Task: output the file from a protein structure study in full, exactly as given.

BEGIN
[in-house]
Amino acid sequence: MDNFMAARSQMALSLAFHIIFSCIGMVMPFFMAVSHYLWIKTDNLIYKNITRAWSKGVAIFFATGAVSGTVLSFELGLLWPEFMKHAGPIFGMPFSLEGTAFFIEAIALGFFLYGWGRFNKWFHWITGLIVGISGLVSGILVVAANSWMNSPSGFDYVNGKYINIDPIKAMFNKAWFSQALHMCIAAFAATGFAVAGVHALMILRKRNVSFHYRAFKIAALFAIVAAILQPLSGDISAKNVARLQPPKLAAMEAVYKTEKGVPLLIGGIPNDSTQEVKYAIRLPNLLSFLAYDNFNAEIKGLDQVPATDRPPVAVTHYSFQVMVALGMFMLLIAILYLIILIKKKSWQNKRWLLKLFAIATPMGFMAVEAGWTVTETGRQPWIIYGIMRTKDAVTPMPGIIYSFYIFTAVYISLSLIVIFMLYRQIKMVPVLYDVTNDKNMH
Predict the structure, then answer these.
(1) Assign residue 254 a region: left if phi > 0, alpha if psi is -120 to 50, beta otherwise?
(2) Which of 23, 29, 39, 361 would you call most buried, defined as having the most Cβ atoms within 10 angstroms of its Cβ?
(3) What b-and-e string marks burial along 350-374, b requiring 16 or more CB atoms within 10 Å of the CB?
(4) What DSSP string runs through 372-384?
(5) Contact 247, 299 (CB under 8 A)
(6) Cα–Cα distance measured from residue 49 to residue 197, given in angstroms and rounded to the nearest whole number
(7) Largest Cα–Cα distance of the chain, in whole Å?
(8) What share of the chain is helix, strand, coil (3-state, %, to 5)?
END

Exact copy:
[in-house]
Amino acid sequence: MDNFMAARSQMALSLAFHIIFSCIGMVMPFFMAVSHYLWIKTDNLIYKNITRAWSKGVAIFFATGAVSGTVLSFELGLLWPEFMKHAGPIFGMPFSLEGTAFFIEAIALGFFLYGWGRFNKWFHWITGLIVGISGLVSGILVVAANSWMNSPSGFDYVNGKYINIDPIKAMFNKAWFSQALHMCIAAFAATGFAVAGVHALMILRKRNVSFHYRAFKIAALFAIVAAILQPLSGDISAKNVARLQPPKLAAMEAVYKTEKGVPLLIGGIPNDSTQEVKYAIRLPNLLSFLAYDNFNAEIKGLDQVPATDRPPVAVTHYSFQVMVALGMFMLLIAILYLIILIKKKSWQNKRWLLKLFAIATPMGFMAVEAGWTVTETGRQPWIIYGIMRTKDAVTPMPGIIYSFYIFTAVYISLSLIVIFMLYRQIKMVPVLYDVTNDKNMH
Predict the structure, then answer these.
(1) Assign residue 254 a region: left if phi > 0, alpha if psi is -120 to 50, beta otherwise?
(2) Which of 23, 29, 39, 361 would you call most buried, defined as having the most Cβ atoms within 10 angstroms of its Cβ?
(3) What b-and-e string marks burial along 350-374, b requiring 16 or more CB atoms within 10 Å of the CB?
(4) What DSSP string runs through 372-384?
(5) Contact 247, 299 (CB under 8 A)
(6) Cα–Cα distance measured from residue 49 to residue 197, given in angstroms and rounded to the nearest whole number
(7) Largest Cα–Cα distance of the chain, in whole Å?
(8) What share of the chain is helix, strand, coil (3-state, %, to 5)?